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U.S. considers tightening restrictions on AI chip exports

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Officials in the United States are mulling over tighter controls on an export regulation that was created to minimize the availability of artificial intelligence (AI) chips to China. 

According to officials close to the source, the stricter regulations would include clamping down on the level of computing power chips can have that are able to be exported. The sources say an update to the rules could come by late July.

Such restrictions on the sale of powerful computing chips have caused alarm to some of the industry’s major players.

Colette Kress, the chief financial officer of Nvidia, one of the world’s leading chip makers, commented on June 28 at an investors conference that:

“..if implemented, [restrictions] would result in a permanent loss of opportunities for U.S. industry to compete and lead in one of the world’s largest markets…”

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Kress said an implementation of such regulations would not “immediately impact” the company’s financial results. In late May, the AI chip boom caused Nvidia to momentarily hit $1 trillion in value.

Cointelegraph reached out to the U.S. Department of Commerce for further comment on its potential decision.

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Initially, the restrictions against AI chip sales in China were issued by the Biden administration in October 2022 with the intention to slow down the semiconductor industry.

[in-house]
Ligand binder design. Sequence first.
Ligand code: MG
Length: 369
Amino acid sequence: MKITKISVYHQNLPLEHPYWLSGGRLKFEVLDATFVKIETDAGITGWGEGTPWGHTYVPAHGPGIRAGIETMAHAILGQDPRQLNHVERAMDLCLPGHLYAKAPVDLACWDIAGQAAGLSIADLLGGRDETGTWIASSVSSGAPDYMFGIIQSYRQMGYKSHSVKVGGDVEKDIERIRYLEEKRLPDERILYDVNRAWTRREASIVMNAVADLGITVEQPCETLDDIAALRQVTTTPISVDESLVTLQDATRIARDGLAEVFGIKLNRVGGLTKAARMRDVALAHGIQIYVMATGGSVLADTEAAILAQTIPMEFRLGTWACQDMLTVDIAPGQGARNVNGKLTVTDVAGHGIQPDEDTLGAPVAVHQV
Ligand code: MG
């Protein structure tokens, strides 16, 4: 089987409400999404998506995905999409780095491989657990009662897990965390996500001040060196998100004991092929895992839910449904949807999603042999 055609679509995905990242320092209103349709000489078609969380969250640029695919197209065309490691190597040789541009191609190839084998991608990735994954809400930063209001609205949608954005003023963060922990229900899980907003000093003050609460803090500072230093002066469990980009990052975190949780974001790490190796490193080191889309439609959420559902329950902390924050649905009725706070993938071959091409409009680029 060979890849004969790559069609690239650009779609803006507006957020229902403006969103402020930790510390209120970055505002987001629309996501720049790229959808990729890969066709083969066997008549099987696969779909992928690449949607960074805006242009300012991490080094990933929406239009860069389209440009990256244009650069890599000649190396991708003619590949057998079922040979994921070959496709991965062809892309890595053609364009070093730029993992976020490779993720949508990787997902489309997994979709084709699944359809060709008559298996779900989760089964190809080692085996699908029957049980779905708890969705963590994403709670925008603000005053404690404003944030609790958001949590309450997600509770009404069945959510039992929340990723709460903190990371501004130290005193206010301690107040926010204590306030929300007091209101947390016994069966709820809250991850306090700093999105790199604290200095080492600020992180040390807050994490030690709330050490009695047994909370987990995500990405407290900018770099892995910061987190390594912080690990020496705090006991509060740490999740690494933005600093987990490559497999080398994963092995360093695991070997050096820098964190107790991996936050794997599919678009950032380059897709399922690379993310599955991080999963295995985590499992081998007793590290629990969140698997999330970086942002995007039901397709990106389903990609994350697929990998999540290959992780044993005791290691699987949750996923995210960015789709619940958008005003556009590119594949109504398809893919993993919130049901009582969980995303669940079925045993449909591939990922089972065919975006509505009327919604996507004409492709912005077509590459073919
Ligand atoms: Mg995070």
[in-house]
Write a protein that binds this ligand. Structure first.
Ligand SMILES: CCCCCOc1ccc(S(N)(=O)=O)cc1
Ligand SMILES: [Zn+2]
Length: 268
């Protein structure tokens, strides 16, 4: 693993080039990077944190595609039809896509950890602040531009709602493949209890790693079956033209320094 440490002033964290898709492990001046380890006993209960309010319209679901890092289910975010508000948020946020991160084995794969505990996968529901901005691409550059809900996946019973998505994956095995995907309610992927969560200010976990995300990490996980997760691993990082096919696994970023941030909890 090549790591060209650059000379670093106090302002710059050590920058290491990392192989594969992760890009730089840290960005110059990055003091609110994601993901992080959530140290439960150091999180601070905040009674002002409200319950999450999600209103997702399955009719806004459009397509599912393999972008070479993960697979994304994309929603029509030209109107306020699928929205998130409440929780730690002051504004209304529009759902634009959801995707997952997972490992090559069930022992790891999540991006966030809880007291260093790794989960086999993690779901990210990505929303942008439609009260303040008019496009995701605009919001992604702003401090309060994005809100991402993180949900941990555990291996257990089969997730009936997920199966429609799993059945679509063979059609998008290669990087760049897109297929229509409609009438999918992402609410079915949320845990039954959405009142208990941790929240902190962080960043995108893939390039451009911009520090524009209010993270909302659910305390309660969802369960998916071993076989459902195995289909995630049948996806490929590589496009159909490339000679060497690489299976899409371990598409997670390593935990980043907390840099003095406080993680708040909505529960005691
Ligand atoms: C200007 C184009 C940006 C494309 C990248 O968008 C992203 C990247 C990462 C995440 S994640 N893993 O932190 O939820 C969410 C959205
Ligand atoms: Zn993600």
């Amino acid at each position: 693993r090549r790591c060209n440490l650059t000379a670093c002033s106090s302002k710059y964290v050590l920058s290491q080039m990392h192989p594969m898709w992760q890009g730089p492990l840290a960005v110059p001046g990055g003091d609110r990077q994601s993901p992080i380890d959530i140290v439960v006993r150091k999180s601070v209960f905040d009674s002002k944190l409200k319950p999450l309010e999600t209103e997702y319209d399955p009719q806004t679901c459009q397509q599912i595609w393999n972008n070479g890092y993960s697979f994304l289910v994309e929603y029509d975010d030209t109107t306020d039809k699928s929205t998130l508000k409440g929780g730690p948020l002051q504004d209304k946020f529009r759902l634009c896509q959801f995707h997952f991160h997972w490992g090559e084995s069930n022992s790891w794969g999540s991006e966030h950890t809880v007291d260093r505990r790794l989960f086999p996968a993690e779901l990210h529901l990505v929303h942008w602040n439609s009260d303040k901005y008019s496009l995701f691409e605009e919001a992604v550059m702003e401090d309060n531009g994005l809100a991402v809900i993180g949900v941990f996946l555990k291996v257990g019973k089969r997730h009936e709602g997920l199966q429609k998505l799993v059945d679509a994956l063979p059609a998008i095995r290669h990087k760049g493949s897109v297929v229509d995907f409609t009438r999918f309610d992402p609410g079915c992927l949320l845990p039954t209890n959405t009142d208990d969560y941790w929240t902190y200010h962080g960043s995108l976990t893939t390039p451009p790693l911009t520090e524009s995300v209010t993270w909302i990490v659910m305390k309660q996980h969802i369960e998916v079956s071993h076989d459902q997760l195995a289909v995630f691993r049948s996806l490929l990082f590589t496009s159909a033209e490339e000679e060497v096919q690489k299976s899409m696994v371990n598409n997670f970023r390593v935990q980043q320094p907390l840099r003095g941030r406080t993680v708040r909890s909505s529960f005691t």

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The October ban cut off Chinese developers from access to some of the more advanced chips on the market, including Nvidia’s A100 chips and the latest version, the H100. These two chips are among the most sought-after for high-level AI development.

In May Nvidia reported its second-quarter revenue forecast to be 50% higher than market estimates, along with a 28% increase in company shares.

It was around the same time that the company released additional AI-powered tools including an AI supercomputer that it created to help aid developers to produce ChatGPT successors. 

Meanwhile, in China, local developers have been figuring out ways to skirt the impact of U.S. sanctions. Companies have been reported to be studying new methods to develop AI chips through the use of weaker semiconductors and combinations of chips currently available to them. 

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